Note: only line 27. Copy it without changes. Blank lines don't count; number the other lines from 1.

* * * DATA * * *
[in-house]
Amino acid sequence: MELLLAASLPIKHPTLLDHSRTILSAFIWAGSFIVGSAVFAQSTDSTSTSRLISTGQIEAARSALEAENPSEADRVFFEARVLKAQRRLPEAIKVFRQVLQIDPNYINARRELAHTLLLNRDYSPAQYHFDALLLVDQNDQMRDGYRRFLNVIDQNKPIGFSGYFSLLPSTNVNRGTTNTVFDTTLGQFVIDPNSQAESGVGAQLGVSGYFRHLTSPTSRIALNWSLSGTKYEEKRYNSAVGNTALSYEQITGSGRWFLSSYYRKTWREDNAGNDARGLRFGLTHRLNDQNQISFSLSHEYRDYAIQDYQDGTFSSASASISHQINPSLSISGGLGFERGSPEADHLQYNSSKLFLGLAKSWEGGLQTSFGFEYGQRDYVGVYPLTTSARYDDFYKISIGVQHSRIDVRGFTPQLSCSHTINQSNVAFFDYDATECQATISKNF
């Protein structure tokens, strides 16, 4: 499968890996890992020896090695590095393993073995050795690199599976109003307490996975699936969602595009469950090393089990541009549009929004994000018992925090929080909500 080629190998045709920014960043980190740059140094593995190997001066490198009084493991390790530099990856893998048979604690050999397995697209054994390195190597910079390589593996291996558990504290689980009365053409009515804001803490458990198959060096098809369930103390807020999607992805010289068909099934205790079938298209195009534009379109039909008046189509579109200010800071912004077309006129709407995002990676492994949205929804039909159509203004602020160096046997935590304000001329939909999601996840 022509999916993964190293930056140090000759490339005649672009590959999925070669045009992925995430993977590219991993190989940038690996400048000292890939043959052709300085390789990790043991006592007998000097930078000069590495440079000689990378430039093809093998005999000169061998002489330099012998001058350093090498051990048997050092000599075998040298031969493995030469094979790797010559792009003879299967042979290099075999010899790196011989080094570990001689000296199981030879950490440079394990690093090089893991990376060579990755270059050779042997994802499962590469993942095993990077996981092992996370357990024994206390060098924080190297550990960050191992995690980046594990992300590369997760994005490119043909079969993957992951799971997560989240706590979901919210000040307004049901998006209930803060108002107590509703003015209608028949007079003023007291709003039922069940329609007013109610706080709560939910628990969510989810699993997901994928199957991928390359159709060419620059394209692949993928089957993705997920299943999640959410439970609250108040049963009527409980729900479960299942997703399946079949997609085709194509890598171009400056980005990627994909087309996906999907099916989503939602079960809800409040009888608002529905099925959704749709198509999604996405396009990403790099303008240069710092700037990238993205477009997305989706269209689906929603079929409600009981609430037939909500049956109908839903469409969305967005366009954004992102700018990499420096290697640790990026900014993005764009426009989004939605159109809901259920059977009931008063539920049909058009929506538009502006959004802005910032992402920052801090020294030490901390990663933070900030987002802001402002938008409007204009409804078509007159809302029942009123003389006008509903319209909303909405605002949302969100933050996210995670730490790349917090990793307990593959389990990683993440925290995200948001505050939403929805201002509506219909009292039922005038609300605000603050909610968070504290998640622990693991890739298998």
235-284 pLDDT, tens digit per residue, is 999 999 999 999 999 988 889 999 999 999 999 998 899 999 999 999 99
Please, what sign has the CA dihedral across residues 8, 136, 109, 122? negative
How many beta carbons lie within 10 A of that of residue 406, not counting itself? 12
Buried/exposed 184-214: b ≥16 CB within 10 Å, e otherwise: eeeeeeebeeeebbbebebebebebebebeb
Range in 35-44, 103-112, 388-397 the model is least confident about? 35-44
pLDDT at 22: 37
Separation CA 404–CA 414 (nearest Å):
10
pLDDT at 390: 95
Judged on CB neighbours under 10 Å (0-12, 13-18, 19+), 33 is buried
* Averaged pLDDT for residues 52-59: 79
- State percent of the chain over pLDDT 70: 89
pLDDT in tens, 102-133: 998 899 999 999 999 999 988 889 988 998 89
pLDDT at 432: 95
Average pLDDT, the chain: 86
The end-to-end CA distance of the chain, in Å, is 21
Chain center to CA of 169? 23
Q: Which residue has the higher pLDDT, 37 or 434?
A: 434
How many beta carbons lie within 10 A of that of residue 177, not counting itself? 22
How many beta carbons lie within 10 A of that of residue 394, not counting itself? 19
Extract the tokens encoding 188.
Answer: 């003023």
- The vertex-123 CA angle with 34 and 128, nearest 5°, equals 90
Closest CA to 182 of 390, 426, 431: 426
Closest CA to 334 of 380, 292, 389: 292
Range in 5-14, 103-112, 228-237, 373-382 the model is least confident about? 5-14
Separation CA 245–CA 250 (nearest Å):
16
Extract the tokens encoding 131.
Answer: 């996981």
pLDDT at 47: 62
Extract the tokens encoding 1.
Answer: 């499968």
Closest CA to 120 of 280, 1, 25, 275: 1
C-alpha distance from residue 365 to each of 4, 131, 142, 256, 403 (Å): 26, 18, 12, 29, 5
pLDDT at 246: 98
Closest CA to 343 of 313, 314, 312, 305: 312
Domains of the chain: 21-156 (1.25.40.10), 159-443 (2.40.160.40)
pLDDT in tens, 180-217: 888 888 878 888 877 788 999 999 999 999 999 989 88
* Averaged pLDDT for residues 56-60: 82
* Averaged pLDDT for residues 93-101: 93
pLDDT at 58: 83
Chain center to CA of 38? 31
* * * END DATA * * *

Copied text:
- The vertex-123 CA angle with 34 and 128, nearest 5°, equals 90